Nurturing a Love of Reading | Facing History & Ourselves

Nurturing a Love of Reading

Dr. Kimberly Parker shares how she cultivates a literacy community where students can thrive and develop an enduring passion for reading.
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At a Glance

video copy


English — US


  • Social Studies
  • Democracy & Civic Engagement

Nurturing a Love of Reading

KIM PARKER: I grew up on a farm in Kentucky, and raised by my grandparents who always encouraged me to read whatever I wanted. I came of age through books, really. There was no particular title I think that sticks out as the text that sort of changed my life or made coming of age for me. But I think what did really make it was the experience of being able to read in all of these different ways.

I was not limited by, this is what you have to read. I had grandparents who just said, read, really, all you want. And so I was able to follow my interest. I think that books find you when you need them most. And so I'm sure all the books that I read allowed me to be able to really think about who I was at the time, who I was becoming at the time, what I needed to read to be able to see that person.

Really, in the same way kids need that freedom. This is the beauty of having so many books or being in a world where there are lots of books, and that we never know what book is going to work for what kid.

When I became a teacher, I was really interested in why kids weren't reading, and sort of came to understand that. It's because we don't necessarily construct environments where they get to read what they want, where they see themselves reflected in the books, and they don't have time to talk about it. And so over the years that's what I've been doing is trying to really make my classroom those spaces, and now much more working with teachers to think about how do you create those spaces, these intentional literacy communities where kids can thrive and really have great literacy lives.

I think choice is really important, particularly for kids who never get choices. I mean, I think that what I know about working with young people, particularly Black and other kids of color, is that they don't get a lot of choice. And so they're reading sort of the same books all the time.

You don't have to necessarily start with an entirely different collection. But if you know that books are harmful for kids, if you know that they are not resonating with kids, then you can change it. And start with that text. I would say to start with that one, and then to build your classroom library. It would be great if kids had the access to books that they want to read. Not books that we think they should read, but books they want to read, and we would know that by asking them and then go from there.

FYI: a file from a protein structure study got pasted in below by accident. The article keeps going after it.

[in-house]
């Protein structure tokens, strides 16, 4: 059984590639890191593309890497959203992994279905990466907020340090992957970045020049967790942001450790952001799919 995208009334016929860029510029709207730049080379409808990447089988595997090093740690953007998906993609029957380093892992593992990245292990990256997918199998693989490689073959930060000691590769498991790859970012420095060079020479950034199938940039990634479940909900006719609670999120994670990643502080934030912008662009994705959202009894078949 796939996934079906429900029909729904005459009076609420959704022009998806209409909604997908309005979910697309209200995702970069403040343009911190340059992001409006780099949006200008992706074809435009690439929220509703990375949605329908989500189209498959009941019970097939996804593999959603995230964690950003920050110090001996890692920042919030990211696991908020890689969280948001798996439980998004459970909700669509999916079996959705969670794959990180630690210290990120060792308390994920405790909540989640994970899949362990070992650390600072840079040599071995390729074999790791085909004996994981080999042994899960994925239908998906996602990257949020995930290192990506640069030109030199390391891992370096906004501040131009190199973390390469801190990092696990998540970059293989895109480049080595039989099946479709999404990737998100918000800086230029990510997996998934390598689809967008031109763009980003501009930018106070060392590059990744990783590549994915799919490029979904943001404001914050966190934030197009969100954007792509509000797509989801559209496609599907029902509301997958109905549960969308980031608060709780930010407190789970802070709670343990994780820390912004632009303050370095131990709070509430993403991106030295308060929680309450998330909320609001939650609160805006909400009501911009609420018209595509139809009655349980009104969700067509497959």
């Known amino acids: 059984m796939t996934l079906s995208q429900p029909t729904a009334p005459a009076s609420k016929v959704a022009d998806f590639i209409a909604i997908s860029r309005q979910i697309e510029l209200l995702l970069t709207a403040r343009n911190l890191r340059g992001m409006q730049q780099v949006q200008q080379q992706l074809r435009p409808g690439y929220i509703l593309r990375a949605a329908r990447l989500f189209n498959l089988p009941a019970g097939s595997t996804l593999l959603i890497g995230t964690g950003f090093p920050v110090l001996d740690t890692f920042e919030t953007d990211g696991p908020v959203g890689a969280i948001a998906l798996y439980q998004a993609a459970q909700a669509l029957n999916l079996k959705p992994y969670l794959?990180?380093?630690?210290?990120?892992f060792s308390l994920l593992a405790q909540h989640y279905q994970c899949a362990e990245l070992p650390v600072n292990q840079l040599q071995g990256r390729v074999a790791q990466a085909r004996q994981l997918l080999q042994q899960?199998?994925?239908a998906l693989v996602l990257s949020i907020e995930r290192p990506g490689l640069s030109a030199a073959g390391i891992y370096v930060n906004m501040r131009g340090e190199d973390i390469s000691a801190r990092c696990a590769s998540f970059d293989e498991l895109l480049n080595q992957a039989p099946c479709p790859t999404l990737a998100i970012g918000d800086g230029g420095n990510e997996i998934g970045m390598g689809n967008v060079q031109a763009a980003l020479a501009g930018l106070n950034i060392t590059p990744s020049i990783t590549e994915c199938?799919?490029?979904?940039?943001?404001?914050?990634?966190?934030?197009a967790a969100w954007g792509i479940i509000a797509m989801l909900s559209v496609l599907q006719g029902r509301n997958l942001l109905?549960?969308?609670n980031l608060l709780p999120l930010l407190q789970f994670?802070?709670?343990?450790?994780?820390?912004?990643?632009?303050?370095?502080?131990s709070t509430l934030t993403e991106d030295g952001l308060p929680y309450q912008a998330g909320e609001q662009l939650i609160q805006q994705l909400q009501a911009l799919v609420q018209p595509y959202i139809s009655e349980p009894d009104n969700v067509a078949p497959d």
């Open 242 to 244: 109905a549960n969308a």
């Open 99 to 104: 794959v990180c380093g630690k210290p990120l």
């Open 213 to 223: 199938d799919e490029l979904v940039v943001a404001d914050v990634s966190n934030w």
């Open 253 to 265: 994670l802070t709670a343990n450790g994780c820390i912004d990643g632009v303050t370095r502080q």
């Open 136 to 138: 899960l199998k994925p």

It doesn't have to be this huge overwhelming thing, which I think then makes us not want to do anything. But if we just say, OK, what's the one text out of my core text, if we're doing that, that I need to change? Change that, build your classroom library, and then go from there. And then keep going.

And I think that we need to think about who are the people we want them to be. I want them to be people who love reading. And people are like, you have an agenda. I definitely have an agenda. My agenda is that I want kids to love reading.

So you can't necessarily become a reader if you don't have the time and space to read, and to not like books. To read things and be like, this isn't for me, let me pick something else. And so it's just that.

It's the constant sort of access to books. It's the ability to see yourself reflected, it's the ability to have a conversation with someone, to be in a community of literate folks that we don't necessarily give all kids in ways that we know, research tells us that that's what they need to thrive.

Ultimately I want every child, every student when they leave me to have had a positive experience with literacy. And can see themselves as readers or have reconnected to their reading lives. They're all readers. I think what we have to ask as teachers is if they're not reading for us, then we have to figure out what's going on there.

I never blame the kids. Something has happened to them that makes reading not pleasurable. And so I always think I love that. I love a good challenge. I'm going to reconnect you through books. I'm a book pusher.

Nurturing a Love of Reading

Facing History & Ourselves

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